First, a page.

It’s interesting she brings up the potential New Age association with the Cloud.  Later in the piece she also brings up the potential dangers of entering into contemplative prayer before one is well-grounded already in Christian prayer disciplines.   She writes:

Alas and woe is me! It seems that every work the pre-Reformation English contemplative tradition has been hijacked by New Agers and “Catholic” syncretists who don’t seem to recognize the (to me, glaring) differences between Christian contemplation and the mind-altering behavior called “contemplation” which is practiced by Buddhists and Hindus.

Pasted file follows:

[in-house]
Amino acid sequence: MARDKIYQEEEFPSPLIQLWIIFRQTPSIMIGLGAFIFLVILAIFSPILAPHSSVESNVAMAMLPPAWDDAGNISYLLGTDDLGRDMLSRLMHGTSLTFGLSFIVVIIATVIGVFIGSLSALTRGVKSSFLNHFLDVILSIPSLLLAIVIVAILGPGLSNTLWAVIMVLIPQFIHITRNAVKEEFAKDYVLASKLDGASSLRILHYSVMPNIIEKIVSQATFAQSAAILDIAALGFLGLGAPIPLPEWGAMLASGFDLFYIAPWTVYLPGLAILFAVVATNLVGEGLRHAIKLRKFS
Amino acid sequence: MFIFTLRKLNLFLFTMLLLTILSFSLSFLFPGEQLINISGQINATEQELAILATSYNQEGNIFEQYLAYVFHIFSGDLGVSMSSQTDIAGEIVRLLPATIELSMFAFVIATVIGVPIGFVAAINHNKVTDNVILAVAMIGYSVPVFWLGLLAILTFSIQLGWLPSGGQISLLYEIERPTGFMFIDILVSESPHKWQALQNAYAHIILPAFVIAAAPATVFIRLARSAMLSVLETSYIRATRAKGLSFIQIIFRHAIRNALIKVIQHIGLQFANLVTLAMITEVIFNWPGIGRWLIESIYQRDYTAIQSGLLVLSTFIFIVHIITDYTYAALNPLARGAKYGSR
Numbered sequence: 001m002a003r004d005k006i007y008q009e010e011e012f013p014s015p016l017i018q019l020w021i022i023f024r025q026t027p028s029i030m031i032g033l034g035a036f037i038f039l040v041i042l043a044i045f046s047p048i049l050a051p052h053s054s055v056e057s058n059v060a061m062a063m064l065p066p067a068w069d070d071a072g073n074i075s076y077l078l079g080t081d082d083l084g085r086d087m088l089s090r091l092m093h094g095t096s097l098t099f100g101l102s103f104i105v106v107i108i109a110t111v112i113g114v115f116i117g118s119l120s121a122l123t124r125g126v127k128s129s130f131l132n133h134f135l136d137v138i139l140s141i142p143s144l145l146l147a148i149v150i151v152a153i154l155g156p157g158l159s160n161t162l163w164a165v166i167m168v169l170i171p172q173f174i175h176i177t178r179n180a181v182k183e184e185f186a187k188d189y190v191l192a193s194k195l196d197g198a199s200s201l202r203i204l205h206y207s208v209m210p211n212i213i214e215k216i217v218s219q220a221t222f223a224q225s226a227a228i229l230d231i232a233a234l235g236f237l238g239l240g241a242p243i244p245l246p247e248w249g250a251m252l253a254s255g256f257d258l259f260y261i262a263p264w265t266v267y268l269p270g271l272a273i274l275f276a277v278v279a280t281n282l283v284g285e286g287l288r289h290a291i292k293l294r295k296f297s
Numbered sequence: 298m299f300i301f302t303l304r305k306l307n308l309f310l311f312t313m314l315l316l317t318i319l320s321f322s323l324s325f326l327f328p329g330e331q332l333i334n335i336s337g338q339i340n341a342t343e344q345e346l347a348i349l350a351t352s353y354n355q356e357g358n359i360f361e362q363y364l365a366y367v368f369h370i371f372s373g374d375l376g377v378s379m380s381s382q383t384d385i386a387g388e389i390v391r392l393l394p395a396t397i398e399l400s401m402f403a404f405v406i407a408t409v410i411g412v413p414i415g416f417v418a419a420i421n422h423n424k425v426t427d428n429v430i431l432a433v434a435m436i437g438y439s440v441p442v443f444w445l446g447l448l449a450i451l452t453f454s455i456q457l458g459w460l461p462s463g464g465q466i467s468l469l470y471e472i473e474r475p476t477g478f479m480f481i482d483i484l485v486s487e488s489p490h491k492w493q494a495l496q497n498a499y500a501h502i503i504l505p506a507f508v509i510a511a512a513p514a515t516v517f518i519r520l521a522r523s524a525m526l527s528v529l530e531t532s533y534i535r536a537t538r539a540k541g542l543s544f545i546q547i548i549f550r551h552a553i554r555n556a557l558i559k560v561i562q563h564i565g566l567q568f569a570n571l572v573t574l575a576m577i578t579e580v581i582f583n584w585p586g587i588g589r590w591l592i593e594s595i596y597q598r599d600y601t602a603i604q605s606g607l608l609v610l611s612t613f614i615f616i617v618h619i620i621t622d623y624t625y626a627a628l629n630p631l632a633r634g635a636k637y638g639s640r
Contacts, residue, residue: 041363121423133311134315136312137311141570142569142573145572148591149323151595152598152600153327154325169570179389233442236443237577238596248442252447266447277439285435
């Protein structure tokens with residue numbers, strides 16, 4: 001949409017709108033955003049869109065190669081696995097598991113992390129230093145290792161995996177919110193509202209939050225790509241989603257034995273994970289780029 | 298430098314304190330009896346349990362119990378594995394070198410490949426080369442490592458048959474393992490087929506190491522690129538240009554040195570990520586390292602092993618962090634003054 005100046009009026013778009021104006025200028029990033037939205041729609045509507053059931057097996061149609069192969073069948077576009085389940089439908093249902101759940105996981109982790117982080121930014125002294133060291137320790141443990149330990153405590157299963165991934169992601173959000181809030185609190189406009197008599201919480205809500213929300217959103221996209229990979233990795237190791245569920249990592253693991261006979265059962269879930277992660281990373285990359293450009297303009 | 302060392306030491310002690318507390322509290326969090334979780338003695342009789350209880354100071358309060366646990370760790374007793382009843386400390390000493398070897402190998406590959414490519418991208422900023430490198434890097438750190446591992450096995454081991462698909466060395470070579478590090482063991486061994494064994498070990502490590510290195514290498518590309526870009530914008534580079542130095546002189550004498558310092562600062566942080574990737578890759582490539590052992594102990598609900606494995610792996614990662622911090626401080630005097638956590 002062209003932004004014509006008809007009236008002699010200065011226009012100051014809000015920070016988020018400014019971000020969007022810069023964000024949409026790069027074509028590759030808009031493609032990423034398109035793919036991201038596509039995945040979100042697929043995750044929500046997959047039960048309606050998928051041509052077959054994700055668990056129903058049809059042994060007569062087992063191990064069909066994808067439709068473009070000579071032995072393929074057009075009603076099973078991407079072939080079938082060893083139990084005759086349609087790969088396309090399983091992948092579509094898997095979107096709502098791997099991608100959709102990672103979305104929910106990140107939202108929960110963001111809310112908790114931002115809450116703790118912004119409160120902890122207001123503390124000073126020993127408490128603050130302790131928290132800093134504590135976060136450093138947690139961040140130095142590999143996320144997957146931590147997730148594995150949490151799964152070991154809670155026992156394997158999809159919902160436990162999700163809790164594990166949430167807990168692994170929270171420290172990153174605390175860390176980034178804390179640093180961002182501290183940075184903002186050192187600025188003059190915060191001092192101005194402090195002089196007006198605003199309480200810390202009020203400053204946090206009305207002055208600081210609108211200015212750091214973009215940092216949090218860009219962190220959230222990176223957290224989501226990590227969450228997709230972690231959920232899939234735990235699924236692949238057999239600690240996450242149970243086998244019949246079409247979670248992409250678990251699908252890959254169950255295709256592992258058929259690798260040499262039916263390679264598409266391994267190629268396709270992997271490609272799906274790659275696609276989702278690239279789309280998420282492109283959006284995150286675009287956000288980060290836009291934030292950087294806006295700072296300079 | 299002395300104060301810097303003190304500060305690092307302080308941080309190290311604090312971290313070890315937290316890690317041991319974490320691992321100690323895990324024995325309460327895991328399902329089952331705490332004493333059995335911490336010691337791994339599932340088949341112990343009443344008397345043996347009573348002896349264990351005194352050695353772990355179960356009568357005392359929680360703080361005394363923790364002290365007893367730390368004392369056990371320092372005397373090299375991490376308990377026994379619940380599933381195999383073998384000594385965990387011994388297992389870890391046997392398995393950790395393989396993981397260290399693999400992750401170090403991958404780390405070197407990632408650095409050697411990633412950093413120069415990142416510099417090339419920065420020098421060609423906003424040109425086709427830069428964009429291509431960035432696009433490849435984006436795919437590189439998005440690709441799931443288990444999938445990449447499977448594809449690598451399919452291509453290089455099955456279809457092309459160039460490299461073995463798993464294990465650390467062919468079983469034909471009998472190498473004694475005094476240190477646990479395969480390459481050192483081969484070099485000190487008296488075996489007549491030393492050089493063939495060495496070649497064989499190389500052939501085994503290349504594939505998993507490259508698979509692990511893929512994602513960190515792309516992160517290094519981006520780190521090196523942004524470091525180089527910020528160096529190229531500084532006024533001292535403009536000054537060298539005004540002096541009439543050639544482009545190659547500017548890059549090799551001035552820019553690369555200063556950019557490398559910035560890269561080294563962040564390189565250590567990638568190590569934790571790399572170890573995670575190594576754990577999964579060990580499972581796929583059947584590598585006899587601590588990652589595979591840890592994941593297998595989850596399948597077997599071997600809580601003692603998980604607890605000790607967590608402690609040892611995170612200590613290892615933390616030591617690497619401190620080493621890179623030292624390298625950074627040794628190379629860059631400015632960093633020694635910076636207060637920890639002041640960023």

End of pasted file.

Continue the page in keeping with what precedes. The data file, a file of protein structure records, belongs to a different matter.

So, let me make this very clear: Christian contemplation is always centered on Christ, God made Man, in union with the other Persons of the Holy Trinity. Contemplation is a form of prayer and Christian prayer is always Trinitarian, aimed at knowing the Triune God. This is the God to whom Christians pray and the One with whom we long to be united, both now and in eternity. We do not seek to be dissolved into a great nebulous, evanescent Nothingness, but united to a Divine Person (in fact, Three Persons in One God). Any mature Christian should understand this. And yet there are any number of “contemplative experts” who teach Christians Eastern (i.e. Buddhist, non-Christian, in fact pagan) “techniques,” as if these can somehow help us grow closer to Christ. I don’t know why such people feel the need to go outside the Christian tradition to learn to pray as Christians — except that the modern Church has, to some extent, forgotten her own long, rich history of contemplative prayer. Which is why I’m trying to bring people back to it.